Concerti Fine Introductions to Radu Paladi
Radu Paladi was one of the most important composers in 20th Century Romania. He taught at the Caragiale National University of Theatre and Film in Bucharest. He wrote music for both stage and screen.
Paladi was a founding member of the Association of Romanian Composers and Musicologists. He was the artistic director of the Philharmonic Orchestra in Botosani. He judged many of the country’s music contests.
This release should help spread Paladi’s reputation beyond the Romanian borders. The Symphonic Suite “The Little Magic Flute” is a showcase for his talent at orchestration.
Paladi’s musical language is somewhat conservative. But it’s infused with the native music of Romania, which gives it a fresh and interesting sound.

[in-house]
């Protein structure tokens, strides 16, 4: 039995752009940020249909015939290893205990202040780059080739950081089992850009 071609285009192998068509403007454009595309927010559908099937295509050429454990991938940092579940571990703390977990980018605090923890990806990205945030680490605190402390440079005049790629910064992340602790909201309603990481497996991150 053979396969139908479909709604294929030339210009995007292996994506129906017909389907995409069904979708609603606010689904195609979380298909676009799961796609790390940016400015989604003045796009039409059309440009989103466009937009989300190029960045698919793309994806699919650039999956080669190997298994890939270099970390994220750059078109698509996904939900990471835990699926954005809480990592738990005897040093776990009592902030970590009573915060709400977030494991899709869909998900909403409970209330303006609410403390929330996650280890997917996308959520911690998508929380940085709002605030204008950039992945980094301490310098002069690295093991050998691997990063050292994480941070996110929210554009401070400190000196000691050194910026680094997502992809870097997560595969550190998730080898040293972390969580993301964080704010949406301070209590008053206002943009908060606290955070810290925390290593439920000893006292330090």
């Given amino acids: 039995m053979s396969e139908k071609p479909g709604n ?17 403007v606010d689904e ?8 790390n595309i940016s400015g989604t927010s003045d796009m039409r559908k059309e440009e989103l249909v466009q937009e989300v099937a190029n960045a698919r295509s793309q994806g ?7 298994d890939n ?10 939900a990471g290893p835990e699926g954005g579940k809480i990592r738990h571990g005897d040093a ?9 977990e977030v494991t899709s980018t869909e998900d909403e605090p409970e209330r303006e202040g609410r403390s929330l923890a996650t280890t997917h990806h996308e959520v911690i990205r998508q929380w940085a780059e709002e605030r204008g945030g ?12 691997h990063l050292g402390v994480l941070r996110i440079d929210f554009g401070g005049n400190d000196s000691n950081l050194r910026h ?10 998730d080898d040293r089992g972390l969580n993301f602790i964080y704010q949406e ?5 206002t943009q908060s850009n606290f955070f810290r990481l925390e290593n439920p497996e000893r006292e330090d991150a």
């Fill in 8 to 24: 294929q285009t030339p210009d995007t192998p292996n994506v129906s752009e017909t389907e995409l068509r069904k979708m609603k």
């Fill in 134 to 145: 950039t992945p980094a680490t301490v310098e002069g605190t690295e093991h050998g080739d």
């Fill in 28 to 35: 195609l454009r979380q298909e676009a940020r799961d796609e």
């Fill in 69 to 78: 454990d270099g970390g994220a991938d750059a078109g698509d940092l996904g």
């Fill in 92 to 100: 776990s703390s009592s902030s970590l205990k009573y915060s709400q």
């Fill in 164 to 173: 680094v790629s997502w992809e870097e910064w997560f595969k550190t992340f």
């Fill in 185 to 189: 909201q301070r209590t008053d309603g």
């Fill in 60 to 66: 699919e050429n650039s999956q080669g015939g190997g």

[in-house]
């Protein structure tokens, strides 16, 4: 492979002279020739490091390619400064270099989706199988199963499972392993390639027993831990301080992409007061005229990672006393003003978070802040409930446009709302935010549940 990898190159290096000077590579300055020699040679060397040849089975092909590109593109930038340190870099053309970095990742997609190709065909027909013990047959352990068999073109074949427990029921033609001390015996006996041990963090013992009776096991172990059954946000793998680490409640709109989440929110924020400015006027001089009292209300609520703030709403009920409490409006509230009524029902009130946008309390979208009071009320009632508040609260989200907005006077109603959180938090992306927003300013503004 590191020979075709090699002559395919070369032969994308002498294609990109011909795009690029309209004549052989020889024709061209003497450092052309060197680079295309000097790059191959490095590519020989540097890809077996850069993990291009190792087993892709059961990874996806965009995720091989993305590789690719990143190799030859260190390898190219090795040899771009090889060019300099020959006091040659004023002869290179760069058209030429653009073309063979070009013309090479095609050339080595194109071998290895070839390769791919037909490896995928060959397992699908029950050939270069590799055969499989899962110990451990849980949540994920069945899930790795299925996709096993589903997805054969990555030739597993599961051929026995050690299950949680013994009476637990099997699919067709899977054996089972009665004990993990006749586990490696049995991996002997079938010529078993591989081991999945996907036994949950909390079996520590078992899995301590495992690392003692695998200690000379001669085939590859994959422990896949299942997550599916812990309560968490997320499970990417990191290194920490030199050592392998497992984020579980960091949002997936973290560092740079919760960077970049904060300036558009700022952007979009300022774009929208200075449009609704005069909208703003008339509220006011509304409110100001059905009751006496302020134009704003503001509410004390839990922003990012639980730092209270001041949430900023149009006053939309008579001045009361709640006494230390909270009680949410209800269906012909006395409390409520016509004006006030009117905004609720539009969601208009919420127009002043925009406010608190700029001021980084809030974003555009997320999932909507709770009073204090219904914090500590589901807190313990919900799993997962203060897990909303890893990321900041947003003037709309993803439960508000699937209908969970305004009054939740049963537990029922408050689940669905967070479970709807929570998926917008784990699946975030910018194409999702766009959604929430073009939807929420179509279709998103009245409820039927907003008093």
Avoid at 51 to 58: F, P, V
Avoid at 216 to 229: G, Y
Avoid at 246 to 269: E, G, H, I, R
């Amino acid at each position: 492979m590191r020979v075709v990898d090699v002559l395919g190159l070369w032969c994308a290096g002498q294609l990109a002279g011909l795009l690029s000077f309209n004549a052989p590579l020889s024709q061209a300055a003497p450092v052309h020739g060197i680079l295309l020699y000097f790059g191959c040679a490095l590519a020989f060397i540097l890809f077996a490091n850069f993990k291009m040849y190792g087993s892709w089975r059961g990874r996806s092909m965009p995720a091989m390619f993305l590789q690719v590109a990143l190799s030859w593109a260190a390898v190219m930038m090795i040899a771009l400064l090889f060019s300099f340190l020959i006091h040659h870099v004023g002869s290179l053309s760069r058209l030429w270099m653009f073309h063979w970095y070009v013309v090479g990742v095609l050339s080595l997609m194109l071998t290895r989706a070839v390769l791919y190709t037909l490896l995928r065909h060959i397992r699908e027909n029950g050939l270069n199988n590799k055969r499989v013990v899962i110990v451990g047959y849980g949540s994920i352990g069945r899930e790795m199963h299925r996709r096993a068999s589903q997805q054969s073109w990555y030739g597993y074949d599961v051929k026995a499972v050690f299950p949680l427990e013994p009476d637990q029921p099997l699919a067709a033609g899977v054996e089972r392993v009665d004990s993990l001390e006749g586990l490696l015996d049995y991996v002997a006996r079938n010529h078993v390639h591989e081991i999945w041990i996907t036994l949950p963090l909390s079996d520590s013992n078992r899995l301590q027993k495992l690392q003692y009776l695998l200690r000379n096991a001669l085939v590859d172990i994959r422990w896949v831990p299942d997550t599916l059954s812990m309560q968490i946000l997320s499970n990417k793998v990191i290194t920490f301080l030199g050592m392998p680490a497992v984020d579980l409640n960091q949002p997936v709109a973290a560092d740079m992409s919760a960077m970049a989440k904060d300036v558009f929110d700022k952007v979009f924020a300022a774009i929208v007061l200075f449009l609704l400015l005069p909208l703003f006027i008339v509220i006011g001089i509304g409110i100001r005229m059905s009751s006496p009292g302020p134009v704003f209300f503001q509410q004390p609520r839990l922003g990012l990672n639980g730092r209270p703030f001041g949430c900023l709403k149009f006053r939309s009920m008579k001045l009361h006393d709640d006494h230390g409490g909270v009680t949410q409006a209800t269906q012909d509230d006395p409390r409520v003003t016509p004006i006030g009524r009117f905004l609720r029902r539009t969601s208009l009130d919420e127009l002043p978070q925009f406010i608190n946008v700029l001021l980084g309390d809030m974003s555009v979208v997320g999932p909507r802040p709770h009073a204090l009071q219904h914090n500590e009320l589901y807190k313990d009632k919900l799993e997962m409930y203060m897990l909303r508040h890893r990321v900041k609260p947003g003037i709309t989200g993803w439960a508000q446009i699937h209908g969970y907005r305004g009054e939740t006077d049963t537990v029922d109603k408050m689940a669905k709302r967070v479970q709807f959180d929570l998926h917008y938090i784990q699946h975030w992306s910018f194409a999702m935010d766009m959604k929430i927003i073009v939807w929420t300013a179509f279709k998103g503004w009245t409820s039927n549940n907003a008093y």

The Piano Concerto in C major was composed in 1989. There’s not a hint of any of the musical trends of that era. Rather, Paladi continues on his own path — tonal music with Romanian folk elements. Oliver Triendl delivers an excellent performance. He plays with a lightness and dexterity that set just the right tone.
Paladi composed his Violin Concerto in E minor four years before his death at age 84. As with the other two works, this concerto has some infectious rhythms. But unlike the other two, Paladi pushes tonality to its limits. There are some highly chromatic sections that obscure the tonal center.
Nina Karmon delivers a thoughtful performance. Her expressive phrasing shows she understands the underlying structure of the music.
The Württembergische Philharmonie Reutlingen is directed by Eugene Tzigane. The ensemble has a smooth, homogeneous sound. They provide excellent support for the soloists.
This release was my introduction to the music of Radu Paladi. Now I want to hear more.
Radu Paladi: Piano Concerto
Violin Concerto; Symphonic Suite “Das Zauberflötchen”
Oliver Triendl, piano; Nina Karmon, violin
Württembergische Philharmonie Reutlingen; Eugene Tzigane, conductor